mCSCL can be considered as a specialization of the field of CSCL. It alleviates the constraint posed by fixed times and locations for doing the collaboration activities. By employing mobile devices, learning becomes personal and mobile, and students are able to participate in collaborative learning activities when and where they want to (Looi, et al., 2010). Some research studies have shown that the use of mobile devices in classrooms could significantly impact student collaboration (Tseng, Hwang, & Chan, 2005). Students leverage on their own mobility and the mobility of the devices in order to coordinate collaboration and to exchange information simultaneously over the wirelessly connected devices.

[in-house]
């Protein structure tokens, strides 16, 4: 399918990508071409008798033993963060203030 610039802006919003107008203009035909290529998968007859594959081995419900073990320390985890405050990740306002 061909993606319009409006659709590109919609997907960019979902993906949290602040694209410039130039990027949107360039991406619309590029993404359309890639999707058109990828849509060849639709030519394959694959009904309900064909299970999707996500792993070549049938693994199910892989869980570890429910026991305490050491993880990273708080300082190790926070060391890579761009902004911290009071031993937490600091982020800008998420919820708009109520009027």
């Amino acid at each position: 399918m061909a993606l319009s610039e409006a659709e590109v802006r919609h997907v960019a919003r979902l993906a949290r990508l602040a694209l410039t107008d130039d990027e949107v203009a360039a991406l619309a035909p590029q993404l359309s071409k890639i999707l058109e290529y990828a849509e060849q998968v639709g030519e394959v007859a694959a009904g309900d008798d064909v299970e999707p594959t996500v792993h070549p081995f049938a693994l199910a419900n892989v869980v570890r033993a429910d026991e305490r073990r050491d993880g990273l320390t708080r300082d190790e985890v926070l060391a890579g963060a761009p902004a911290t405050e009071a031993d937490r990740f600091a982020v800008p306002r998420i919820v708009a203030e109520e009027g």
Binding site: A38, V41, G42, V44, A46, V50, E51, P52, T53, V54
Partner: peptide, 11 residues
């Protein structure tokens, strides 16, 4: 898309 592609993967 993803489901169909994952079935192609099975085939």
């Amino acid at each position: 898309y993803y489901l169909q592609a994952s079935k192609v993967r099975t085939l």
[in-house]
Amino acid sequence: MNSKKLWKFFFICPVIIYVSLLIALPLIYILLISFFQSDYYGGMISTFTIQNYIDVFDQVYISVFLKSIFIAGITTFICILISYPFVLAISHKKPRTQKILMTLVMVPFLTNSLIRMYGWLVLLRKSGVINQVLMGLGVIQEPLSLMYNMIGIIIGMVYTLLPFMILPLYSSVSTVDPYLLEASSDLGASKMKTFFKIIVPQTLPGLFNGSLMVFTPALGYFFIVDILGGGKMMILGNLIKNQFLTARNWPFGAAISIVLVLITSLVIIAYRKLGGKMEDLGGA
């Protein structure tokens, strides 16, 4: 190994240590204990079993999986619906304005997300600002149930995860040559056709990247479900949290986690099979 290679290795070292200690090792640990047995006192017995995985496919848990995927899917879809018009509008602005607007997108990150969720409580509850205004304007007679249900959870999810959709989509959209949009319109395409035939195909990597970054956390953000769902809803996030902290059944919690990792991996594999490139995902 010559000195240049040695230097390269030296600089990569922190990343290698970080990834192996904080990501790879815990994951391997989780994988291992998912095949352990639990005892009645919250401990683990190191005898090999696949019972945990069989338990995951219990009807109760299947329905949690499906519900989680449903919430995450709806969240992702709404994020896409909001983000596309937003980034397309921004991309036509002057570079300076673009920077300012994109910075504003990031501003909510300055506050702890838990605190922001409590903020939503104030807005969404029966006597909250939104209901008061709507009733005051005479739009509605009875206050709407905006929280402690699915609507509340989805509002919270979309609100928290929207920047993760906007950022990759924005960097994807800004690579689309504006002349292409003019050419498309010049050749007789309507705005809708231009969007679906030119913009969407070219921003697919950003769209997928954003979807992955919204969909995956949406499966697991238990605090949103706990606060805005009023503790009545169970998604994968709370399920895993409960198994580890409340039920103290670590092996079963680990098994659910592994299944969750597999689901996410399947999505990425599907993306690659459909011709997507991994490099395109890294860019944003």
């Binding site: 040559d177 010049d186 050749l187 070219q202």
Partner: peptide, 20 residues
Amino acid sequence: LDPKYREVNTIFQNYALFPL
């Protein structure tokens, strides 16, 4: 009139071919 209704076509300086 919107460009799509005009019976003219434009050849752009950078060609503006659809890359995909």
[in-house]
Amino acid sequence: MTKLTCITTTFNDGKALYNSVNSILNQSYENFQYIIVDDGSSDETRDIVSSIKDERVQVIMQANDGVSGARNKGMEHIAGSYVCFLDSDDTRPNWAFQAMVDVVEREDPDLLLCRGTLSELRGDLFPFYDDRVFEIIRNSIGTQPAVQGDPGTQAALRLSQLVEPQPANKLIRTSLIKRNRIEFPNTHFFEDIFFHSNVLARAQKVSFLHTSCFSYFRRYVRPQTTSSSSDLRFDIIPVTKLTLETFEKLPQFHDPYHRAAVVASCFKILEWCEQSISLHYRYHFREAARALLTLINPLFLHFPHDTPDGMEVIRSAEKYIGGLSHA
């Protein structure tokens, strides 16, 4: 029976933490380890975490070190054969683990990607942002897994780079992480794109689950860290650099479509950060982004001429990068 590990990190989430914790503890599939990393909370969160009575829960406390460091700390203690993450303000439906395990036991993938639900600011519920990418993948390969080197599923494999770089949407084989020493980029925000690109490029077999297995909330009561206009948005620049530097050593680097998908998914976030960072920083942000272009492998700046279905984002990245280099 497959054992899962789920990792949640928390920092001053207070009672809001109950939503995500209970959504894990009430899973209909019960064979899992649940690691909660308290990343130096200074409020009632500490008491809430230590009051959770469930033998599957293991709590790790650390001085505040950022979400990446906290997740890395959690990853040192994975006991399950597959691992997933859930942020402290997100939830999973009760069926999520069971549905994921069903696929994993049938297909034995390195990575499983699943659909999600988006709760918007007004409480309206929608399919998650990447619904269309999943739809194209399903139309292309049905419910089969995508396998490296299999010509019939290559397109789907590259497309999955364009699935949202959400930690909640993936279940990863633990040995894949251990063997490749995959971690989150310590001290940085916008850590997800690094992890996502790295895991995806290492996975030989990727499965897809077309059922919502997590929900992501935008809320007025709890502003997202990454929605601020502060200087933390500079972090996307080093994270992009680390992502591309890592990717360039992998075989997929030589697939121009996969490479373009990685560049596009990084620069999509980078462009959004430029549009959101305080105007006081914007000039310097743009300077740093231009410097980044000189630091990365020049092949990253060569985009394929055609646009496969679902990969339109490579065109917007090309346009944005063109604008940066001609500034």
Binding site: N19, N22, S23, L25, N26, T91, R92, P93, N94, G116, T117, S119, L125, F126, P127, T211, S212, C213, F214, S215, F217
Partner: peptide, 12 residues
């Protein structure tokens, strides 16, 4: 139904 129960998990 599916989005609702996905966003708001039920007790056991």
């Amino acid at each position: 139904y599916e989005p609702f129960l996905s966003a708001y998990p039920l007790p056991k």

One important research tackles the use of mobile connected devices in classrooms for the education of children of age six to seven (Zurita & Nussbaum, 2004). These students were given language and mathematics tasks they had to solve by working in groups. In the process, they had to exhibit a certain level of interaction and communication in order to complete the group tasks. The authors report that the use of wireless networks in the classroom opened up many educational possibilities and that mobile devices advance various components of collaborative learning, namely, the learning material organisation, social negotiation space, communication between team members, coordination between activity states and the possibilities for interactivity and mobility of team members (Kreijns, Kirschner, & Jochems, 2002). Concerning the main advantages of mobile versus classical computer supported collaborative learning, enhanced possibility for communication, negotiation and mobility has been proposed (Zurita & Nussbaum, 2004). Together with appropriate design of learning activities, a network infrastructure of mobile devices can support collaborative activities in which students extend their area of communication and mutual interaction.